The limits of measuring instruments

Science gives us the idea that one day, everything will be under control, since everything obeys regular rules. We just need to find the mathematical formulas which best mimic the observations, in order to make predictions.
In fact, it is true in an environment where everything is under control, and if we accepte the limits of what we can observe on our scale of space and time.

The laws of gravity don’t explain some movements of the stars, for example the fact that galaxies are moving away from each other faster and faster. To explain it, we invoke “dark matter”, unobservable directly, and exerting a gravity force. But in fact, we do not know.

Even in our conceptual and sensorial framework, it is difficult to reproduce an environment accurately, and therefore to make perfect predictions, because our measuring instruments are limited. And we know that very small differences in initial conditions, which are not always measurable, can produce very different results.

This was observed by a meteorologist named Lorenz in the sixties. He made weather forecasts based on complex mathematical formulas taking into account climatic conditions such as wind speed, temperature and pressure. By entering more digits after the comma, so by entering more accurate measures, the results become far different. He concludes that subtle variations can produce big changes.

A butterfly flapping its wings in Brazil can produce a tornado in Texas.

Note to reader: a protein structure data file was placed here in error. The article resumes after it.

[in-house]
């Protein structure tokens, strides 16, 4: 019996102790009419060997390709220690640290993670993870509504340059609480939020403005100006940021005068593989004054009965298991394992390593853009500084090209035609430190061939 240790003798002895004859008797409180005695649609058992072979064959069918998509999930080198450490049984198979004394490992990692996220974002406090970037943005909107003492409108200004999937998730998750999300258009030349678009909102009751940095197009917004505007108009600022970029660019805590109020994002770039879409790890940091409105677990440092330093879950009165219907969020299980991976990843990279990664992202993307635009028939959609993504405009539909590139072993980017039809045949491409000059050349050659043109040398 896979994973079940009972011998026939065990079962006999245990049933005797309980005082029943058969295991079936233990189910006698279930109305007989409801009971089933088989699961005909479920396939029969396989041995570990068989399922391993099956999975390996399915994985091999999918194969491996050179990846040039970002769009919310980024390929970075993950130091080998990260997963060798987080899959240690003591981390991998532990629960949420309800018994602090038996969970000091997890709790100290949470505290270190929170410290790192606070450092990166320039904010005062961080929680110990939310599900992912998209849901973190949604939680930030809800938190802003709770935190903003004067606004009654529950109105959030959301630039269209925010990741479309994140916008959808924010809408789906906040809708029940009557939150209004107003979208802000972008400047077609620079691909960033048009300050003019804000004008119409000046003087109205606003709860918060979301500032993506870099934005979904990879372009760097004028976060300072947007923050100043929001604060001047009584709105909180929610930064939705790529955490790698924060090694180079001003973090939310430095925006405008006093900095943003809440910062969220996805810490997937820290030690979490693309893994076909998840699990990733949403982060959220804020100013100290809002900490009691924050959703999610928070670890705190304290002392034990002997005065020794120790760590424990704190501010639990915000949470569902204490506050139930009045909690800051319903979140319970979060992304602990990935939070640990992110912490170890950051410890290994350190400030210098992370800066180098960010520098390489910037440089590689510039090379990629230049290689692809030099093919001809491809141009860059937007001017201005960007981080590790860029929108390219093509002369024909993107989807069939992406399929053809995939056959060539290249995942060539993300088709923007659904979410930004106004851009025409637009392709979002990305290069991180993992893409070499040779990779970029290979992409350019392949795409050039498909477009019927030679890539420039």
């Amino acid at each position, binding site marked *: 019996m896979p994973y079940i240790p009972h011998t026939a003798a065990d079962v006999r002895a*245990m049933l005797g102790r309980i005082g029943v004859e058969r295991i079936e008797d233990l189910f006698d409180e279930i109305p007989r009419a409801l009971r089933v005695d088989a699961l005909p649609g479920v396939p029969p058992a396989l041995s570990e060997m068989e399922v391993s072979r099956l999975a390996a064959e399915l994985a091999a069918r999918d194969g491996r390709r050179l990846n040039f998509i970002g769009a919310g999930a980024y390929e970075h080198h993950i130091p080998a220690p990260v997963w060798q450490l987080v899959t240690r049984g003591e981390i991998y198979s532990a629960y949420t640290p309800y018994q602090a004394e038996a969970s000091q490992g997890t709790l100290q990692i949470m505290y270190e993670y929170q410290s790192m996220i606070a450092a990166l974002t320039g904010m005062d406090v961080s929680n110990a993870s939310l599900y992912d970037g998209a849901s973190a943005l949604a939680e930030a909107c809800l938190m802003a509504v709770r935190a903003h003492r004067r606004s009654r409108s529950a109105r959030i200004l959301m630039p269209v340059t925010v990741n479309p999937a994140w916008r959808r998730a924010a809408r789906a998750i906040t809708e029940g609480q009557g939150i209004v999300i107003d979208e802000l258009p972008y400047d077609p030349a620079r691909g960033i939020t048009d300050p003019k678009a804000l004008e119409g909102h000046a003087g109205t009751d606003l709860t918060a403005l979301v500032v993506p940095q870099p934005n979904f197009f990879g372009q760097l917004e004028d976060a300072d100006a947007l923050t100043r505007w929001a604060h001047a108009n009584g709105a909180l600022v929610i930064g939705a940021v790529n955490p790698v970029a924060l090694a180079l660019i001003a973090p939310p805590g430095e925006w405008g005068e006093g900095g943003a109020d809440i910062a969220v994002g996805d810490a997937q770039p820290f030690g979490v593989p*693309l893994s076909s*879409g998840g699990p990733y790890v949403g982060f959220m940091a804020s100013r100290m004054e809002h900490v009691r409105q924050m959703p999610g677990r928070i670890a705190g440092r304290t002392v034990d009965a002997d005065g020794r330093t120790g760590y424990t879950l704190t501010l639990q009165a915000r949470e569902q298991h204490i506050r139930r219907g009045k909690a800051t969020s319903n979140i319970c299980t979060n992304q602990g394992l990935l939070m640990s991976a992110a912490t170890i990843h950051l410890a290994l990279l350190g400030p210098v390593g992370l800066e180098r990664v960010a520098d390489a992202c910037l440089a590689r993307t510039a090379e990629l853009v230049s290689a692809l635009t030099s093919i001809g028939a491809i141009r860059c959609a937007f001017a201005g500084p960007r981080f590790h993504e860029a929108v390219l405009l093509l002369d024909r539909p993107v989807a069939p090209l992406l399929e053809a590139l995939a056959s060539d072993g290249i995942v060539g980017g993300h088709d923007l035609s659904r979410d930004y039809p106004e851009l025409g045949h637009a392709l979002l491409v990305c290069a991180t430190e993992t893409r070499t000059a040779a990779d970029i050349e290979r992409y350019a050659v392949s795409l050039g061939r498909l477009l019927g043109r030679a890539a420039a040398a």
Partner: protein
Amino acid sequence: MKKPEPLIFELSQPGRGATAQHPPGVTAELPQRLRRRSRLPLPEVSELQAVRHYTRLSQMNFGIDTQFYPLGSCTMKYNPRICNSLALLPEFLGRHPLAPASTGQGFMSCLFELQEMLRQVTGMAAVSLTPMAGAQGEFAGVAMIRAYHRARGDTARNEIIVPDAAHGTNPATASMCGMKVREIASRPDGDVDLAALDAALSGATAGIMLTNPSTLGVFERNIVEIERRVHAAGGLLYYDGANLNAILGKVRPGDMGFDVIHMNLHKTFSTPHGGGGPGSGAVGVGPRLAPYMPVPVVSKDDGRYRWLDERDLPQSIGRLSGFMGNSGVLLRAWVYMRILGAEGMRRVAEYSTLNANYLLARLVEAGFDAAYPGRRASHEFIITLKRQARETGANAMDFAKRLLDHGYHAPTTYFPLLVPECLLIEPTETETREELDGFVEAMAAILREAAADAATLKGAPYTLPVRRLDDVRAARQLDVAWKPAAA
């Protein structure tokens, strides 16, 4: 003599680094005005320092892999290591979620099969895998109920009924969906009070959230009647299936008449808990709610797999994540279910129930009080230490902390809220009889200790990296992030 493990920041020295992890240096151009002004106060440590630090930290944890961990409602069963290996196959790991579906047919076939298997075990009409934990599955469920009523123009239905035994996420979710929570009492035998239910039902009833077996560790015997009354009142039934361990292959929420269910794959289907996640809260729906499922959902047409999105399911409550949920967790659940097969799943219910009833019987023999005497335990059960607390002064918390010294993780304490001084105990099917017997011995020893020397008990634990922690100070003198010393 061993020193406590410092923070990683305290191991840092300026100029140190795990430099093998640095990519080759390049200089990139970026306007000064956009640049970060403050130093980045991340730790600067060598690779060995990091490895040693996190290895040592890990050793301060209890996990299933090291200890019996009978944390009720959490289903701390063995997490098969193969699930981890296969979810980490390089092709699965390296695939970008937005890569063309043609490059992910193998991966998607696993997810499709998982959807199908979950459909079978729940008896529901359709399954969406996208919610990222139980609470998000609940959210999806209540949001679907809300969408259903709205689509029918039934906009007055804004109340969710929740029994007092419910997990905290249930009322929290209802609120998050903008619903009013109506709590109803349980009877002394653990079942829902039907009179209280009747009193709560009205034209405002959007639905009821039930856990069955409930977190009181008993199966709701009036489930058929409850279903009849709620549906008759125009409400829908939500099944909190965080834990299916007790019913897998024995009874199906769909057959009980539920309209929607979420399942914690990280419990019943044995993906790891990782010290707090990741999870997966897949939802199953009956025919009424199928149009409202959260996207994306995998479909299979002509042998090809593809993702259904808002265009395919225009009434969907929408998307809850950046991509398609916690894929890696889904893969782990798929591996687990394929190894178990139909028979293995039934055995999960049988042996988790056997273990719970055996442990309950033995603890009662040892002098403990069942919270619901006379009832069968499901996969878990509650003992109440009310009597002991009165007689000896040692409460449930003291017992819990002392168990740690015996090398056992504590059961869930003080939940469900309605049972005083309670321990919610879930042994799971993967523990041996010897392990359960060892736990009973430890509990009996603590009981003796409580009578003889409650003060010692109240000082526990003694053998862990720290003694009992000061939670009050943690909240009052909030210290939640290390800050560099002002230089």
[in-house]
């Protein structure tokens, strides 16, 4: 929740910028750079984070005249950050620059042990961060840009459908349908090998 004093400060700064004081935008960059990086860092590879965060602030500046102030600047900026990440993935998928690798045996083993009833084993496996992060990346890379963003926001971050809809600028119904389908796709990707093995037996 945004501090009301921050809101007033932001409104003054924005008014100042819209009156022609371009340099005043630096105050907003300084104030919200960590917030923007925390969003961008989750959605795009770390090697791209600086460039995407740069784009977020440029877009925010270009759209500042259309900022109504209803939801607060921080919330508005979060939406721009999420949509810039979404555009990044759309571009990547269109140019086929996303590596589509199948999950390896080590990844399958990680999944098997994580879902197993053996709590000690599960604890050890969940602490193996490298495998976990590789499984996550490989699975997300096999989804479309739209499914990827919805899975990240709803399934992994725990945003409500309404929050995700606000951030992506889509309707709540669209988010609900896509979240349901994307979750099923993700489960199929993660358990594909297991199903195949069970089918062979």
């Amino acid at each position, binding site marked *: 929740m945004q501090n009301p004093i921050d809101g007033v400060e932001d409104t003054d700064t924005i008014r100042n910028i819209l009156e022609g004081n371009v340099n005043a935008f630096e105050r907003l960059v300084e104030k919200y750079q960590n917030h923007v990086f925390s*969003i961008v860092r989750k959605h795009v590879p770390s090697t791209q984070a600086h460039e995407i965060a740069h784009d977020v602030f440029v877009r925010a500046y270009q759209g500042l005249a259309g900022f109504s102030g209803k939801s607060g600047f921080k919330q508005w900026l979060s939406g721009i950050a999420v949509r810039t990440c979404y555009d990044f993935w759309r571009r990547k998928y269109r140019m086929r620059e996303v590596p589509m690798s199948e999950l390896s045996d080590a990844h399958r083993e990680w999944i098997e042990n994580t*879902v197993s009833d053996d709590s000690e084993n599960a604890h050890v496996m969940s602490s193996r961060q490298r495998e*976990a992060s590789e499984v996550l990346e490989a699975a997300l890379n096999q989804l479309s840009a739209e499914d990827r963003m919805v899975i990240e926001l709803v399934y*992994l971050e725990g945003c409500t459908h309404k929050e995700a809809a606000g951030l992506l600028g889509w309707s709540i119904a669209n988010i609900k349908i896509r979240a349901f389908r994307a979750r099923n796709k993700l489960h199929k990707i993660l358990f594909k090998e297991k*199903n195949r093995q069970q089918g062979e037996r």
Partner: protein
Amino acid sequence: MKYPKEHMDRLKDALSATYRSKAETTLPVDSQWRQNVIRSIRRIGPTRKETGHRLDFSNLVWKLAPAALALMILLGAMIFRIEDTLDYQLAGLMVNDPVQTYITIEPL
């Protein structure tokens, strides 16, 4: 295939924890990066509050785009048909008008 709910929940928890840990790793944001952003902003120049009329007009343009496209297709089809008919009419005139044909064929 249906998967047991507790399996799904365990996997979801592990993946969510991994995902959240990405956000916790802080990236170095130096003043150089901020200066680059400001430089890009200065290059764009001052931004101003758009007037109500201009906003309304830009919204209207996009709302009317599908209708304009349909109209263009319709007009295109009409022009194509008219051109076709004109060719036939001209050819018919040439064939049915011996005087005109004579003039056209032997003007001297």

Edward Lorenz, 1972

Before Lorenz, Mary Lucy Cartwright and John Edensor Littlewood had observed a phenomenon as surprising, during the Second World War, about radio waves. When the amplitude of the radio waves was particularly small, their transmission became more unstable, in other words, unpredictable.

When one goes to extremely small scales, at the level of the supposed constituents of the atoms, the predictability becomes harder, and the physicists calculate probabilities of events. This is the domain of quantum physics. Some observations go as far as to defy common sense, for example the fact that a photon or an electron can behave sometimes as a wave, sometimes as a particule.

Only in the mathematical world, our conceptual world, can we produce perfect predictions. The knowledge that we have in other disciplines are simple observations from which we have identified recurrences giving us a sufficient predictability on our scale of time and space, and which can sometimes be described with mathematical formula.

Thus, no human being can fully define reality, because we are limited in what we are able to observe and to conceive. We can observe redundancies and deduce rules, they remain valid for our level of observation only, in an environment under control.